At the Bollaert-Delelis stadium in Lens, football in memory of the men of the slag heaps

A culture, almost a religion

At the Bollaert-Delelis stadium in Lens, football in memory of the men of the slag heaps

A culture, almost a religion. “Bollaert is our temple. I fell into the pot when I was very little, in 1963. I went there with my father, my grandfather, my uncles, all underground miners. On Sunday, after the trifecta, we met to eat at grandpa and grandma's, and in the afternoon, it was football. The weekly release. We continue thinking about our ancestors, the miners, and we pass it on to our young people. » Like Muriel, they know the words. Those of Pierre Bachelet’s song – “In the North, it was the settlements. The earth was the coal…” –, which has become the unofficial anthem of the Racing Club de Lens for around twenty years. And those of La Lensoise, variant of La Marseillaise – “The Blood and Gold standard is raised, hear us, the supporters…” –, the official anthem.

More than a stadium, Bollaert-Delelis, 38,223 seats, is the unifying element of a town of some 30,000 inhabitants "razed to the ground at the end of the First World War", recalls Marion Fontaine, professor at the center history of Sciences Po, whose research work focuses on the mining world. “It’s a city that no longer has anything from before the 1920s. It suffered this first break from the bombings, then a second in the 1960s-1970s with the decline of the mining basin,” she analyzes . The stadium therefore creates a story.

“It links the present to the future as well as the past.”

Built in 1932 by the chief engineer of the Lens Mines Company, Bollaert is a so-called “English-style” stadium, with four independent stands which encircle the lawn and four empty corners. To host Euro 2016 matches, it was renovated, but not transformed. Even if today it sports a refined white envelope echoing the architecture of the Louvre-Lens.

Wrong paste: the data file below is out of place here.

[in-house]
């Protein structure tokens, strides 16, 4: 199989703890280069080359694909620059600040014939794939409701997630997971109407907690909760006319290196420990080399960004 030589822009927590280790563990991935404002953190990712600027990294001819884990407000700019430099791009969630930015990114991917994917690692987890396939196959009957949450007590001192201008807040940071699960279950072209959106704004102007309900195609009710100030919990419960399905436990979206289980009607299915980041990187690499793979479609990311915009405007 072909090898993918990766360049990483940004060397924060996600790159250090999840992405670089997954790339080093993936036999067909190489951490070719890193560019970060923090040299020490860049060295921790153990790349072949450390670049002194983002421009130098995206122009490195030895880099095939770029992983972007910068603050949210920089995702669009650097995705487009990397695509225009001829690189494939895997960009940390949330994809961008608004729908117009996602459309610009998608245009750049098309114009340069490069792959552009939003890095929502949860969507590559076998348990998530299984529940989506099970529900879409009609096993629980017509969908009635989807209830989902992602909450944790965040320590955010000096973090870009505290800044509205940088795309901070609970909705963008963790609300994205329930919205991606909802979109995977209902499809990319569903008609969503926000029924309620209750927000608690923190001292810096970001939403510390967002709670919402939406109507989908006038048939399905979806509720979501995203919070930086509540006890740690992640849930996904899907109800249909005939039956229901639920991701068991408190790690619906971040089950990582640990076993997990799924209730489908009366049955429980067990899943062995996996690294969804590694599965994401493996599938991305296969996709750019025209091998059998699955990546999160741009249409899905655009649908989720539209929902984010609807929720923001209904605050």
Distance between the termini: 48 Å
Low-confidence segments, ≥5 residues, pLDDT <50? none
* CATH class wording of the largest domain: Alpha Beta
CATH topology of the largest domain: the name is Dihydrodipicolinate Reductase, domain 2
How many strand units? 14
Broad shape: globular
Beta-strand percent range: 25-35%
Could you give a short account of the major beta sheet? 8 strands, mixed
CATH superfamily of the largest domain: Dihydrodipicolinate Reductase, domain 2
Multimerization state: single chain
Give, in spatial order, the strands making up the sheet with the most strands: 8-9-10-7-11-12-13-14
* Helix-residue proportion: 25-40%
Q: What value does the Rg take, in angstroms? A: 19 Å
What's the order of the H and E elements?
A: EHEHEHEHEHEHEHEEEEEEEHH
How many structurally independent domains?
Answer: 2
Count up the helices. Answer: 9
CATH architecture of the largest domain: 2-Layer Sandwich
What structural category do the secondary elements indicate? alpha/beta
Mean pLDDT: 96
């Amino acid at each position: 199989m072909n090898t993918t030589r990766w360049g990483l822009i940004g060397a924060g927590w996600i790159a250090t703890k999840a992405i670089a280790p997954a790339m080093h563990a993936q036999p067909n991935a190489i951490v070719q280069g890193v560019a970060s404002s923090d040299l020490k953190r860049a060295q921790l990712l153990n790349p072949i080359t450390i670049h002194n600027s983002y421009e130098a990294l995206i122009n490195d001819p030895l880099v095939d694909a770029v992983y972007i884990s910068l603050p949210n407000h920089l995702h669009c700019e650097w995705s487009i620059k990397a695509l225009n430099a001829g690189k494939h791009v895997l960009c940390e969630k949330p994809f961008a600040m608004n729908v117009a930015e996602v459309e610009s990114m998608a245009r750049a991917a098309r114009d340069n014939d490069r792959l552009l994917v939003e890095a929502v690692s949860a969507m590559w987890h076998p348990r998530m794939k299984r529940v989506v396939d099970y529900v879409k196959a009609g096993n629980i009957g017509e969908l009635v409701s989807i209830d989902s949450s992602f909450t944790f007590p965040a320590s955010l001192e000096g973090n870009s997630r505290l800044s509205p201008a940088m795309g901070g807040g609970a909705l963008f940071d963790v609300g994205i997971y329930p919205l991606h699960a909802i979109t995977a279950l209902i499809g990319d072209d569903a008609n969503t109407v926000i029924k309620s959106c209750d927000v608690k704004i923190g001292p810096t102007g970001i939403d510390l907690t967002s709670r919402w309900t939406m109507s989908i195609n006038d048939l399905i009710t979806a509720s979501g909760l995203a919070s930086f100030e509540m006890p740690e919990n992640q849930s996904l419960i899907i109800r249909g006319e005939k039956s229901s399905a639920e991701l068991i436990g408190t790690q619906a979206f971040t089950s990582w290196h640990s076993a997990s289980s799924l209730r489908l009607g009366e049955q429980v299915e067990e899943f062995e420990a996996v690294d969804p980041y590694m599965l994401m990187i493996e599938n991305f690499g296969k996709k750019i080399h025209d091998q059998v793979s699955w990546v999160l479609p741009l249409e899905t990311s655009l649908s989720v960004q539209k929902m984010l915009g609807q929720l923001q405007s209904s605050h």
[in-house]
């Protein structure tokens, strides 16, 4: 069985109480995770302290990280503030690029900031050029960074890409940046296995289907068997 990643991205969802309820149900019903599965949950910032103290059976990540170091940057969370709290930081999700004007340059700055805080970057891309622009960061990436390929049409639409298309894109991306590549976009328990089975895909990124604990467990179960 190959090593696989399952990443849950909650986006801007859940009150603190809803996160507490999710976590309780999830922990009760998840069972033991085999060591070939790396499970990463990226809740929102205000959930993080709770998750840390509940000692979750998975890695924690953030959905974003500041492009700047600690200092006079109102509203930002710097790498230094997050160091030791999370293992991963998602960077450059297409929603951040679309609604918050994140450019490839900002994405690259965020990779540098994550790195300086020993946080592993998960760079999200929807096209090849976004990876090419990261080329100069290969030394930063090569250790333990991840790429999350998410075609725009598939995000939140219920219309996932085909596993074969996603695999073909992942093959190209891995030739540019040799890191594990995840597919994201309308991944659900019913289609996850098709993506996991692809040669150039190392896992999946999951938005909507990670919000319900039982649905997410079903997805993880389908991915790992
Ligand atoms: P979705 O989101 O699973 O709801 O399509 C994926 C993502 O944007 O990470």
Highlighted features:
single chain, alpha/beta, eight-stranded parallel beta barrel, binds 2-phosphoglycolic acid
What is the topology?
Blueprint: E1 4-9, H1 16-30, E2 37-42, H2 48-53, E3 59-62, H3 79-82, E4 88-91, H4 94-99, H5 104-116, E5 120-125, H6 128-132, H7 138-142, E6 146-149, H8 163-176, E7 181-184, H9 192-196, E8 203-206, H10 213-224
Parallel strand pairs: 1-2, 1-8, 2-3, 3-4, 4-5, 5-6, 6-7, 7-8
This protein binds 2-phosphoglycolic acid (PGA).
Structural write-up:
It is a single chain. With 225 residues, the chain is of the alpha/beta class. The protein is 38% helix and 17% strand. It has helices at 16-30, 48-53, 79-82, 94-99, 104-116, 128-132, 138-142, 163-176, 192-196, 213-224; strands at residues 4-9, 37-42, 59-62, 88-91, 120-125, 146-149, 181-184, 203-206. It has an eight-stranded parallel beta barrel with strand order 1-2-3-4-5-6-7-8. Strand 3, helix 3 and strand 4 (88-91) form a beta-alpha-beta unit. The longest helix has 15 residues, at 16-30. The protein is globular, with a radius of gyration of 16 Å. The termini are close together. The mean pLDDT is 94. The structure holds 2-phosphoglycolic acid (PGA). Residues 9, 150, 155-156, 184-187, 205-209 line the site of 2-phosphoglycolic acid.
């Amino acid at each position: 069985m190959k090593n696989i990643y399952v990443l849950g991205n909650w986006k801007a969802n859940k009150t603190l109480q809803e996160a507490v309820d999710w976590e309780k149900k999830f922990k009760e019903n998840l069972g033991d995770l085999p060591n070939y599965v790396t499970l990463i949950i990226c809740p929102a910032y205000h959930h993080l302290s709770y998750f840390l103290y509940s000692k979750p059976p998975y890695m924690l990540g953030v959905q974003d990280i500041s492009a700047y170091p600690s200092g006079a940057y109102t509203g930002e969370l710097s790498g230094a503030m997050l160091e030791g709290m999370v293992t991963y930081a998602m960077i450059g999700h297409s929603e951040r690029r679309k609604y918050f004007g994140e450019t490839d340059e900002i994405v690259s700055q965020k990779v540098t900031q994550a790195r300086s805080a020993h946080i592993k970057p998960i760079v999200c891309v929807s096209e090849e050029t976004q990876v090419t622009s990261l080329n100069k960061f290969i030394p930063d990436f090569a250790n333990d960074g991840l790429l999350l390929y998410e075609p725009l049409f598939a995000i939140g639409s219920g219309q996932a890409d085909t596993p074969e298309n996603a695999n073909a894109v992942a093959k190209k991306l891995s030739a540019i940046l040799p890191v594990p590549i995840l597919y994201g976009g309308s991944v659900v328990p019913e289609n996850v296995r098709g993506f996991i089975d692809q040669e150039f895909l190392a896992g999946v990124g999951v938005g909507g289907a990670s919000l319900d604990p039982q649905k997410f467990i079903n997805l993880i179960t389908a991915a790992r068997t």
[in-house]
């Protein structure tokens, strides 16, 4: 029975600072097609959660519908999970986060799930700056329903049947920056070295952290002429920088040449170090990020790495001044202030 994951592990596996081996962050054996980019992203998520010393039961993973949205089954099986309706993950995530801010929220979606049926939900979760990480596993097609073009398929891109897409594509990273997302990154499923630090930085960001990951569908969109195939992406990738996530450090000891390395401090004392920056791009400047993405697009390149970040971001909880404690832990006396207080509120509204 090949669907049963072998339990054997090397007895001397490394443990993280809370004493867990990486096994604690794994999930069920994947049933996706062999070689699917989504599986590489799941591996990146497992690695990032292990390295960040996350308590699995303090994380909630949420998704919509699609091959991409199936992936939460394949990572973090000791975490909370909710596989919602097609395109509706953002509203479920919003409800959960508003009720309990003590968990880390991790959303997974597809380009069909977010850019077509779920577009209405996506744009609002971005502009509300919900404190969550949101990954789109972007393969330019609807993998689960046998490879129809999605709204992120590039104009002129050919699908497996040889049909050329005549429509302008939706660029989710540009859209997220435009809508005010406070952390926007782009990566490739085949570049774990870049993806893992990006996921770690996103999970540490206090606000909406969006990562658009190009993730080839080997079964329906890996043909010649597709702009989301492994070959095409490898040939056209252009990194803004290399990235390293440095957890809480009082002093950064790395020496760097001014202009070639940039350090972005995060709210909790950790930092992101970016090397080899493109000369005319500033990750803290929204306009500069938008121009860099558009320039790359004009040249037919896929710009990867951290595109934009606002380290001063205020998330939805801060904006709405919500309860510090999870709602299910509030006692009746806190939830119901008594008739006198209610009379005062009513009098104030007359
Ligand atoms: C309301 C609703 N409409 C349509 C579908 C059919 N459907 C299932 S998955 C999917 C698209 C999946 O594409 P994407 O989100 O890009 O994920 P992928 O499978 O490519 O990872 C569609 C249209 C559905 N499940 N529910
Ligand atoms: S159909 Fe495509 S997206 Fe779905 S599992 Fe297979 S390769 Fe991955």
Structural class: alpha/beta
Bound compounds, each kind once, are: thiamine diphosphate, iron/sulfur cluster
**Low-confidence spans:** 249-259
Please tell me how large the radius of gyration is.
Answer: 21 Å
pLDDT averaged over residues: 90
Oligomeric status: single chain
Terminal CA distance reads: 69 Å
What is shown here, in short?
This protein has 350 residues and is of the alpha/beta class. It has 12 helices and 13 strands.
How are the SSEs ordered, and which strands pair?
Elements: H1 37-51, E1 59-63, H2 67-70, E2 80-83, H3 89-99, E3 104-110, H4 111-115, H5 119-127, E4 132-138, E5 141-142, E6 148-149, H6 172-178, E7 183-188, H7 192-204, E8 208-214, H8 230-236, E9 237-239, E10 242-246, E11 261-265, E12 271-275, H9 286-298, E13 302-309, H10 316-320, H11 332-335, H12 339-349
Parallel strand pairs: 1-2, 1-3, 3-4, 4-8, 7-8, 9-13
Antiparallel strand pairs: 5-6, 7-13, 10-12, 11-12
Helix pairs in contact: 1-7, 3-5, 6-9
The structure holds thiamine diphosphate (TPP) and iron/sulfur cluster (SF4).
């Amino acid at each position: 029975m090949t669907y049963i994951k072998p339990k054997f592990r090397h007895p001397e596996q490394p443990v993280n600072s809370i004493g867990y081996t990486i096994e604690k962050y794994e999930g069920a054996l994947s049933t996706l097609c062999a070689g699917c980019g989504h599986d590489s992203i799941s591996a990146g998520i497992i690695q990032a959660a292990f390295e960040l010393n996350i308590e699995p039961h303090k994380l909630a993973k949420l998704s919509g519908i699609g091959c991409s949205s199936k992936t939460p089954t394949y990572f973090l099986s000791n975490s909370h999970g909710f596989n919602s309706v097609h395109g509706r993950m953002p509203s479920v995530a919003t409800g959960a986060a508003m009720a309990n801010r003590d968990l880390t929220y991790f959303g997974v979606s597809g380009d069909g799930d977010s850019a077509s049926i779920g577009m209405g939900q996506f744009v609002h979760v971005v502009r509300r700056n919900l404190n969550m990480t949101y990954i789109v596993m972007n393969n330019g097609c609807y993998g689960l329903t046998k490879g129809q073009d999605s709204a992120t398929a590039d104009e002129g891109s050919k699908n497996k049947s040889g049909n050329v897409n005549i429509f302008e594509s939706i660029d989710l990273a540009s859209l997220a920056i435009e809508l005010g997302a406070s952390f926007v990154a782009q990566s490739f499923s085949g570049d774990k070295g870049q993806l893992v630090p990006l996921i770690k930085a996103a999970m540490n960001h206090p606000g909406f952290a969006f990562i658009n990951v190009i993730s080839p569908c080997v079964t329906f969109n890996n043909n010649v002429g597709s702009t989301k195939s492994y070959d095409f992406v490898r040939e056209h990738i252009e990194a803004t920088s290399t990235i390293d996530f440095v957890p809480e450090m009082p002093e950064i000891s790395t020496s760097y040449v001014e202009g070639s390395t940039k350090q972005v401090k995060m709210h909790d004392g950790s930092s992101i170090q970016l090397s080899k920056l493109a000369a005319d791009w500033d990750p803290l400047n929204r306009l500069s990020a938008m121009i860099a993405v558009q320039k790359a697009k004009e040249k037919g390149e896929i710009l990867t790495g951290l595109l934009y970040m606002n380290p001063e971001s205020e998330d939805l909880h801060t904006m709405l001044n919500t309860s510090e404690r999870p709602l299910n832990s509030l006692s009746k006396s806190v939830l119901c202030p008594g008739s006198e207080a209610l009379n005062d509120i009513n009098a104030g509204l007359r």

New recruits from elsewhere should not consider escaping it. Gervais Martel, president of the club for twenty-eight years – he left office in 2017 – had set up a meeting between the minors and the club's players so that the latter knew who they were working for on the pitch. Arnaud Pouille, the current leader, has maintained this tradition. “Our team has not always been educated in the values ​​of RC Lens,” he explains. It is important to teach the players very quickly where they are going because the supporters are quite sensitive about their history. »

Sensitive and numerous. Extremely rare in the world of professional football, the Racing Club de Lens has no less than fifty-two supporters' associations, officially recognized by the club. And it is also a heritage of local history. “Here, each pit had its supporters association. Each gathered its members in its café. It created social bonds,” says Arnaud Goubelle. Within the Racing Club de Lens, he is responsible for coordinating the three popular stands which guarantee the atmosphere of celebration and unique fervor during home matches, but also on the road. “In Bollaert, that represents 12,000 cheap, standing seats, or about a third of the stadium. For fifty years, it has been the historic Tony Marek platform that has created the atmosphere, and now other very strong platforms are trying to take up the codes and overall songs. »

Among the other flagship groups, the Red Tigers, with around eight hundred members, have assigned themselves a real mission within the club, but not only that. “We consider ourselves a bit like trade unionists,” assures Pierre Revillon, one of the association’s leaders. When we need to defend certain values, or interact with the club in a constructive way, we don’t hesitate to step up to the plate. We see ourselves as a social actor in the city, and more generally in the mining area. »

To preserve this virtuous balance, Arnaud Pouille is even considering having the Bollaert stadium bought by RC Lens, an operation which is almost never done in France, where sports venues remain mainly public facilities. “The stadiums and clubs are considered real monuments,” judges the manager of Racing. These are the last places of social contact in the cities. So, for us, it would make sense for Bollaert to be part of the heritage of a club rather than a community which can make its operation unstable. »

Another ongoing reflection is that of the place of supporters in the club's shareholding to give them an official place within the organization. “Our supporters have a real economic, pragmatic vision of things,” rejoices Arnaud Pouille. We are two blocks of an ecosystem which has in common the love of the club and its ambition, but which also defend the interests of each one. »

Season 3 of the “Archi interesting” podcast is produced on the occasion of the exhibition “Once upon a time the stadiums”, presented from March 20 to September 16 at the Cité de l’architecture et du patrimoine, in Paris.